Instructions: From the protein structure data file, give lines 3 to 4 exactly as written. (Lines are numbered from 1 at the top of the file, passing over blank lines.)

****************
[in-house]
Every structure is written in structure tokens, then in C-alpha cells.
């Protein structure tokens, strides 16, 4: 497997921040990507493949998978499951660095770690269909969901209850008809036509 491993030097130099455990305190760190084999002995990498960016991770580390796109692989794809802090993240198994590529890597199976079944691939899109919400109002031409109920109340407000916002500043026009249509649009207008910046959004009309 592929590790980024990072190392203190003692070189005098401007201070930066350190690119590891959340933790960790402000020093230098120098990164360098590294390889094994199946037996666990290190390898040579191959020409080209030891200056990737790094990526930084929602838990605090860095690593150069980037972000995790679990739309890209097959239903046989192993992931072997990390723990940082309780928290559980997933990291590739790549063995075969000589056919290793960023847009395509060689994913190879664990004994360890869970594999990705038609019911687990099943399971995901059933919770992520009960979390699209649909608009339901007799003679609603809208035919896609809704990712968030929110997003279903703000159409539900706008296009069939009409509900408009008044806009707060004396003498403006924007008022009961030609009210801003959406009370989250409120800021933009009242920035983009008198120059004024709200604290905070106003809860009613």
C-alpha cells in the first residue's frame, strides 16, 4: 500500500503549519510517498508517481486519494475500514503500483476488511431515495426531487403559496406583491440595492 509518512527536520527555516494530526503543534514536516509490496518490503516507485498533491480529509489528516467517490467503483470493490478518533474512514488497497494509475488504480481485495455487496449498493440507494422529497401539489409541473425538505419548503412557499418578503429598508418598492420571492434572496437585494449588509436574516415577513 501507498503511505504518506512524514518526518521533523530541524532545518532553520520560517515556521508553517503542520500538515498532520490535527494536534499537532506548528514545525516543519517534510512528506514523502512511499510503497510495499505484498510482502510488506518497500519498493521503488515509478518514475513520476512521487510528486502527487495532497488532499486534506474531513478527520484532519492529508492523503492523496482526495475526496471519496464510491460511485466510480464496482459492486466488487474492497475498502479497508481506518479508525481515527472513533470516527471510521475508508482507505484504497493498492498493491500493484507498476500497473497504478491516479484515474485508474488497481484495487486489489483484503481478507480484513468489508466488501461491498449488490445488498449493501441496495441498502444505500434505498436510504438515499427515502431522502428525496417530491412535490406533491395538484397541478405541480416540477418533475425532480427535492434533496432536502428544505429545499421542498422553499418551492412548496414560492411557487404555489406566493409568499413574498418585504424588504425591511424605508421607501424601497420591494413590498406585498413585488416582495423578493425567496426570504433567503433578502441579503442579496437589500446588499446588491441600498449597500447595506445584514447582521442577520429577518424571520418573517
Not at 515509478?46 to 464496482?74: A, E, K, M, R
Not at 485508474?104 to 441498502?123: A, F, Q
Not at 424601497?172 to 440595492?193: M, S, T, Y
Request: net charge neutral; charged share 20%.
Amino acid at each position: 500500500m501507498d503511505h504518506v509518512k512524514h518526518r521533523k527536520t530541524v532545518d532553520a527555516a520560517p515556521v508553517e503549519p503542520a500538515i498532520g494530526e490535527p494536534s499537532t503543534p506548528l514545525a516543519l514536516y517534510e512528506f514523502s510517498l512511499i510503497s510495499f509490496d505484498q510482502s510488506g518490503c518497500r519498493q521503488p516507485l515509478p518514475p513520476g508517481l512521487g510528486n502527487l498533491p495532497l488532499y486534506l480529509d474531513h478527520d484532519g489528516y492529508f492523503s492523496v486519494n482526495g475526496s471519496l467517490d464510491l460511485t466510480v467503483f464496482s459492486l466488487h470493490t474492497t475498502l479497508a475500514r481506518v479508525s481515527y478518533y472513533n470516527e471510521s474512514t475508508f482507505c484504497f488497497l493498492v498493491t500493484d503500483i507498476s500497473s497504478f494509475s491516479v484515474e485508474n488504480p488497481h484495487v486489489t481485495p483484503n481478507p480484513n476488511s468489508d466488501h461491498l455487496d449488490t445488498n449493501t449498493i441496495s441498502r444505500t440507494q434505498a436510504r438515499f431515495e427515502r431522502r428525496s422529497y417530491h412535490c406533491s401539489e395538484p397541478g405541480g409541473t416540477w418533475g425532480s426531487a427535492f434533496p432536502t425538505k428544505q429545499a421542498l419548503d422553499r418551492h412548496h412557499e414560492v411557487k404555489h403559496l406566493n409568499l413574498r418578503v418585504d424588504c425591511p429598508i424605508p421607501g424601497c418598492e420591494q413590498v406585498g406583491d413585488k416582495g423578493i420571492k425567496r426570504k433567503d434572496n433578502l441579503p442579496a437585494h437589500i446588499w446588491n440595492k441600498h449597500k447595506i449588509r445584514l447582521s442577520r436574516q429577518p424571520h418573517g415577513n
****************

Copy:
């Protein structure tokens, strides 16, 4: 497997921040990507493949998978499951660095770690269909969901209850008809036509 491993030097130099455990305190760190084999002995990498960016991770580390796109692989794809802090993240198994590529890597199976079944691939899109919400109002031409109920109340407000916002500043026009249509649009207008910046959004009309 592929590790980024990072190392203190003692070189005098401007201070930066350190690119590891959340933790960790402000020093230098120098990164360098590294390889094994199946037996666990290190390898040579191959020409080209030891200056990737790094990526930084929602838990605090860095690593150069980037972000995790679990739309890209097959239903046989192993992931072997990390723990940082309780928290559980997933990291590739790549063995075969000589056919290793960023847009395509060689994913190879664990004994360890869970594999990705038609019911687990099943399971995901059933919770992520009960979390699209649909608009339901007799003679609603809208035919896609809704990712968030929110997003279903703000159409539900706008296009069939009409509900408009008044806009707060004396003498403006924007008022009961030609009210801003959406009370989250409120800021933009009242920035983009008198120059004024709200604290905070106003809860009613």
C-alpha cells in the first residue's frame, strides 16, 4: 500500500503549519510517498508517481486519494475500514503500483476488511431515495426531487403559496406583491440595492 509518512527536520527555516494530526503543534514536516509490496518490503516507485498533491480529509489528516467517490467503483470493490478518533474512514488497497494509475488504480481485495455487496449498493440507494422529497401539489409541473425538505419548503412557499418578503429598508418598492420571492434572496437585494449588509436574516415577513 501507498503511505504518506512524514518526518521533523530541524532545518532553520520560517515556521508553517503542520500538515498532520490535527494536534499537532506548528514545525516543519517534510512528506514523502512511499510503497510495499505484498510482502510488506518497500519498493521503488515509478518514475513520476512521487510528486502527487495532497488532499486534506474531513478527520484532519492529508492523503492523496482526495475526496471519496464510491460511485466510480464496482459492486466488487474492497475498502479497508481506518479508525481515527472513533470516527471510521475508508482507505484504497493498492498493491500493484507498476500497473497504478491516479484515474485508474488497481484495487486489489483484503481478507480484513468489508466488501461491498449488490445488498449493501441496495441498502444505500434505498436510504438515499427515502431522502428525496417530491412535490406533491395538484397541478405541480416540477418533475425532480427535492434533496432536502428544505429545499421542498422553499418551492412548496414560492411557487404555489406566493409568499413574498418585504424588504425591511424605508421607501424601497420591494413590498406585498413585488416582495423578493425567496426570504433567503433578502441579503442579496437589500446588499446588491441600498449597500447595506445584514447582521442577520429577518424571520418573517